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Wednesday, November 7, 2012

Of Loss and Pound Cake

I woke up this morning as if from a dream. Things looked the same, on the surface, but it was as if they had been tampered with, moved around, and then put back in place. It has been two weeks since my dad's death and nothing feels the same, so I went to the grocery store. The grocery store has always been my oasis - my place of zen. The grocery store is routine. It's "normal," awash in harsh florescent light, wide aisles, and that punch of fresh-fruit funk as the automatic doors slide open ushering you inside.

I strolled around, listless, starting in HBA (that's health and beauty aids for the unschooled:), and after sizing up the season's newest hand soap scents, I made for the frozen food  cases and that most comforting of comfort foods, a Sara Lee Butter Pound Cake. I've been a Sara Lee Butter Pound Cake aficionado for decades, starting in elementary school when Mom would buy one for the holiday dessert. The buttery goodness started with that top layer of shiny crust, once you uncrimped the foil, pulling back the cardboard paper, and then the protective rectangle of wax paper.  The actual interior of the cake was OK - a bit dry - but it was really the handmaiden to that top crust. And while the top crust was the main attraction, it had a very attractive co-star in what I can only describe as the dense, buttery residue left at the bottom of the Sara Lee Butter Pound Cake tin. These weren't your ordinary cake crumbs - no, these had been molded into a wondrous lining and it could only be removed by spoon (or knife, but this always managed to destroy the tin).

I took my pound cake home and began my ritual today, only, something was off, way off. I uncrimped the foil and began pulling up the cardboard cover, but there was a problem. My top layer of shiny cake crust was gone. The super-dense, dry cake interior that had given me so much comfort during college finals, grad school break-ups, and wedding-planning anxiety, had been replaced by a spongy, springy mess. I spat it out and looked dejectedly at the box, wondering how I had been betrayed by such an old friend as Sara Lee. My cake looked the same but it was strange and different, and all without my knowledge or consent.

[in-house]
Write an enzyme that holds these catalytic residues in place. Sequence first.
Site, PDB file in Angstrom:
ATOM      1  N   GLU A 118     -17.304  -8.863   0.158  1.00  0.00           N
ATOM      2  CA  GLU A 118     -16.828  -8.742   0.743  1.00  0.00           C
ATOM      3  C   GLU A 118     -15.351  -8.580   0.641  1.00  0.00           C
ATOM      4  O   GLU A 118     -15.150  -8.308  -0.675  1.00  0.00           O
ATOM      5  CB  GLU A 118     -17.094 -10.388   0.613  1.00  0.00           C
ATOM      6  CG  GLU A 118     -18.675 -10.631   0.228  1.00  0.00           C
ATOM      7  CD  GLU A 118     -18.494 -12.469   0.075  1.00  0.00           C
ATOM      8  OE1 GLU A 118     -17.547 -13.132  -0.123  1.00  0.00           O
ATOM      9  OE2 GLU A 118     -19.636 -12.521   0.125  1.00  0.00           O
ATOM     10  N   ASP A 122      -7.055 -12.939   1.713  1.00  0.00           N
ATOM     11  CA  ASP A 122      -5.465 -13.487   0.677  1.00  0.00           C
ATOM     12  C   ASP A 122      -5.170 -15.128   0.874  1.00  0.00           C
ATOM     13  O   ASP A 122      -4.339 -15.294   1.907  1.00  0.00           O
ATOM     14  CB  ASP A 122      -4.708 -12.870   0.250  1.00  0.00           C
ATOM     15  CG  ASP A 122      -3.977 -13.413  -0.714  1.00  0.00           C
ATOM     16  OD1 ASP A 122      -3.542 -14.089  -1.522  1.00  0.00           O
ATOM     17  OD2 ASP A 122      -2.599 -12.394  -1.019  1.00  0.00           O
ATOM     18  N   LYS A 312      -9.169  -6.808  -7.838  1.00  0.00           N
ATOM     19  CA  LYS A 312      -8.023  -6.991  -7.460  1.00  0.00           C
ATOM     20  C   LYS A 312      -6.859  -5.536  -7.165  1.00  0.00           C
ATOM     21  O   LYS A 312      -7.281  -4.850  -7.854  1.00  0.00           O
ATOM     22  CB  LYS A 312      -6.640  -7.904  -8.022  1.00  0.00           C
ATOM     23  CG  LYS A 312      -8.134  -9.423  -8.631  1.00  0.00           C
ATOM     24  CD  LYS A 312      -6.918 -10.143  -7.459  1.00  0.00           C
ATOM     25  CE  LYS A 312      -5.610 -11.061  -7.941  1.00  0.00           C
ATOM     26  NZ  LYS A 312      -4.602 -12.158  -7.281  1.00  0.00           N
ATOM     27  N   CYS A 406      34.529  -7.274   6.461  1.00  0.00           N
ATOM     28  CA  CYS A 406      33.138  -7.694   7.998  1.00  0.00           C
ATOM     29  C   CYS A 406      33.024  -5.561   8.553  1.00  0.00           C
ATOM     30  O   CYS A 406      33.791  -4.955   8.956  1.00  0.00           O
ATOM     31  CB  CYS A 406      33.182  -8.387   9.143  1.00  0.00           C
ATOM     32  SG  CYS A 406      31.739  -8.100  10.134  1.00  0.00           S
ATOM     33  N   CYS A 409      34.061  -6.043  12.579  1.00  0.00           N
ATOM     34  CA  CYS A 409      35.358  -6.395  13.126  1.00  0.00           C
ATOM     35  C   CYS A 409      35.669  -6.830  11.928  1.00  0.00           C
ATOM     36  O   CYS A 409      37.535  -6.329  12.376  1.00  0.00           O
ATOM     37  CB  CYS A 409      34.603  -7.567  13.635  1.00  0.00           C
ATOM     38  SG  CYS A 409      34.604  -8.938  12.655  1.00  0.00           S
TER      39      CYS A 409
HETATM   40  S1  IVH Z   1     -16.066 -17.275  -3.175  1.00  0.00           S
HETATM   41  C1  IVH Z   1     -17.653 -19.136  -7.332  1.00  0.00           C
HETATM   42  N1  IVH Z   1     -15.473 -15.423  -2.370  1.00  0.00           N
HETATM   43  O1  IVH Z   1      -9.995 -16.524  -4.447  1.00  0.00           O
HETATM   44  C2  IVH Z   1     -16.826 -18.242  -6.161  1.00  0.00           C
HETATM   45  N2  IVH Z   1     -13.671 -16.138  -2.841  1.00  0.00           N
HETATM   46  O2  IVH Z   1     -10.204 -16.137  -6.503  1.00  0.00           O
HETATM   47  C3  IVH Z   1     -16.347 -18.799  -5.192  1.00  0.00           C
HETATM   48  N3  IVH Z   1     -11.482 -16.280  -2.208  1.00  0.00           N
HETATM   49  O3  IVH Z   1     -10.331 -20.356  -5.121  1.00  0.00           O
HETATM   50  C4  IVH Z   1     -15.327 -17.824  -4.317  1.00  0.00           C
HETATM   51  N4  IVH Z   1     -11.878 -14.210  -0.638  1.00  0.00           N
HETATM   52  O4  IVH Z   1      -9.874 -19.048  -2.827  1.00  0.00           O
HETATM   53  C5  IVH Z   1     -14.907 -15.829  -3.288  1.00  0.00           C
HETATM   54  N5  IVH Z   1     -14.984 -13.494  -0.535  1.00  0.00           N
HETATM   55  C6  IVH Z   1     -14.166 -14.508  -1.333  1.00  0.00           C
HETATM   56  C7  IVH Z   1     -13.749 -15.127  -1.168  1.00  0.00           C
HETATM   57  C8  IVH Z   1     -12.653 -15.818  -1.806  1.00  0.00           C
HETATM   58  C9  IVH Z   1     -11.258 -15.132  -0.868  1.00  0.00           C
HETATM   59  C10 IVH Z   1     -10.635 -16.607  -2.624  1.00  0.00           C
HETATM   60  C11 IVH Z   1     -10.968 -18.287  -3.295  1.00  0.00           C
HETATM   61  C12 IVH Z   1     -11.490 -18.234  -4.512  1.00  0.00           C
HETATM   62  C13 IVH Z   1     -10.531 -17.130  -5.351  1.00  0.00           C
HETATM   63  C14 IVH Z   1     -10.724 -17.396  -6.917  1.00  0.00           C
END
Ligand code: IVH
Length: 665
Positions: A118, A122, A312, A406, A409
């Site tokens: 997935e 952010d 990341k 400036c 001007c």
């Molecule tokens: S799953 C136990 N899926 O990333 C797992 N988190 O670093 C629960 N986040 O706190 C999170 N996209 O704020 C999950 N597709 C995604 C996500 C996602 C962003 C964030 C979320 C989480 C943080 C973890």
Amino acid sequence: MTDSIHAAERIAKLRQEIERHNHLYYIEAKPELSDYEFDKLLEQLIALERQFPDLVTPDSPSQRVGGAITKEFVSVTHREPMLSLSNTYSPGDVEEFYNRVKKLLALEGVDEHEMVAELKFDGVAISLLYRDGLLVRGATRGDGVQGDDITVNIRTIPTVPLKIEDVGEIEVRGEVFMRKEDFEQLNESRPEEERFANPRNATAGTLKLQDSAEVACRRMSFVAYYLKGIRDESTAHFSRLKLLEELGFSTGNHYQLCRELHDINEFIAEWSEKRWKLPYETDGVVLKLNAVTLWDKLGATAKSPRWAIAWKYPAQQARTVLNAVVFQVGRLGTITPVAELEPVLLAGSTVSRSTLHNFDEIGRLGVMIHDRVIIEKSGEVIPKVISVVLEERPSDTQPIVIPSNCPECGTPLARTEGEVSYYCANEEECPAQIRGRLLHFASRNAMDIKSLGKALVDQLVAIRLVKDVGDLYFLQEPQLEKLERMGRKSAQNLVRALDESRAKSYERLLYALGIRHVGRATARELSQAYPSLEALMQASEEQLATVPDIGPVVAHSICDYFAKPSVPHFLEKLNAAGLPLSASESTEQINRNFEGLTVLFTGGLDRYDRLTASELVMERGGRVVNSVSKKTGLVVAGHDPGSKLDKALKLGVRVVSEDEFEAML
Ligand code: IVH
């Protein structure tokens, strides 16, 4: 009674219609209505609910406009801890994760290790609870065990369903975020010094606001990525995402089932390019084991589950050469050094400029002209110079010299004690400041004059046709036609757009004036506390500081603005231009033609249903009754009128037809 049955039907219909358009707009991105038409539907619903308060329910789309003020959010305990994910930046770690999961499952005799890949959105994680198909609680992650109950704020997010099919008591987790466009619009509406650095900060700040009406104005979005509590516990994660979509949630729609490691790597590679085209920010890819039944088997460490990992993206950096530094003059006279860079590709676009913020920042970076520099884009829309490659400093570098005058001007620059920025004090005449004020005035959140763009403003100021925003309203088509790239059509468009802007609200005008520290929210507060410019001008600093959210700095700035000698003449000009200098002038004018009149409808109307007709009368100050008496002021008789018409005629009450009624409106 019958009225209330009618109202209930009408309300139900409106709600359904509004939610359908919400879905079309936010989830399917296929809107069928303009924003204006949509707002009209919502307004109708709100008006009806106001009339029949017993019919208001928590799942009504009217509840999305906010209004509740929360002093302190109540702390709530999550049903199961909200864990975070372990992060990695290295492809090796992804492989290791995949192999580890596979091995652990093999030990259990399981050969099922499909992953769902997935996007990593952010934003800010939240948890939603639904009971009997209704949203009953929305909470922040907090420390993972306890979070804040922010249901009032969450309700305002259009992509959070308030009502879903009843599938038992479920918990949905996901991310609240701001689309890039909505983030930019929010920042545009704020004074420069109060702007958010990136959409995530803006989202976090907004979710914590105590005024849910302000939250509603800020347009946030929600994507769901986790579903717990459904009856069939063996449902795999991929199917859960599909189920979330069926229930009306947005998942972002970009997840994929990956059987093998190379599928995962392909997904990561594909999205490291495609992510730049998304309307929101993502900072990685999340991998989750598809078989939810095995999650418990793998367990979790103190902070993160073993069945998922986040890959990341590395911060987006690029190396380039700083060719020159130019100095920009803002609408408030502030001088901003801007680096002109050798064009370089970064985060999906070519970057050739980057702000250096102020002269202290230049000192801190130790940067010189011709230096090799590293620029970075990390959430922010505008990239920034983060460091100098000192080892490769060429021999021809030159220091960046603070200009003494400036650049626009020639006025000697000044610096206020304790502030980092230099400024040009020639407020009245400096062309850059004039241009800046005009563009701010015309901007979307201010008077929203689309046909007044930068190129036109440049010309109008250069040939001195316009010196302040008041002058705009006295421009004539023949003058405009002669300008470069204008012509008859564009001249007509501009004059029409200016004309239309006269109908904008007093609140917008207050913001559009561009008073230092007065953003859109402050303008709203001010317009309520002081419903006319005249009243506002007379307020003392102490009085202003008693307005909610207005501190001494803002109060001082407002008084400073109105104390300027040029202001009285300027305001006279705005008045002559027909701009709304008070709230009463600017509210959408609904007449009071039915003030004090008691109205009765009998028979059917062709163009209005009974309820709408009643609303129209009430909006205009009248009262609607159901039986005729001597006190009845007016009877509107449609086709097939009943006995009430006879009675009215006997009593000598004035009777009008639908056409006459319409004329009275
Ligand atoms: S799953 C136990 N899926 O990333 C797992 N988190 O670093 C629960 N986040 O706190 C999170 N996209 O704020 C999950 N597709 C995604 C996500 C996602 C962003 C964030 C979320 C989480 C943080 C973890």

I was angry! Yes, over a piece of cake, but so much more. Dad's death has been the death of the life I knew - the life where I have two parents, alive, and just a phone call/text message/email/car ride away, and the comfort that provided to me. And while my life may look the same on the surface, right now, at the core of me, there is heartache and grief.

And while you could say that it's just a piece of cake and not the end of the world, it IS an end.

1 comment:

  1. I relate to this so much. Thank you for expressing this so well. It is so hard after such a loss to walk through a world that seemingly has no idea what is now missing. To reach for something that has always been a comfort and finding no comfort - that is a testament to the depth of your loss, or rather the depth of the love you felt for your Dad.My thoughts and prayers are with you. May you find solace in your family and friends, your faith, and your art.

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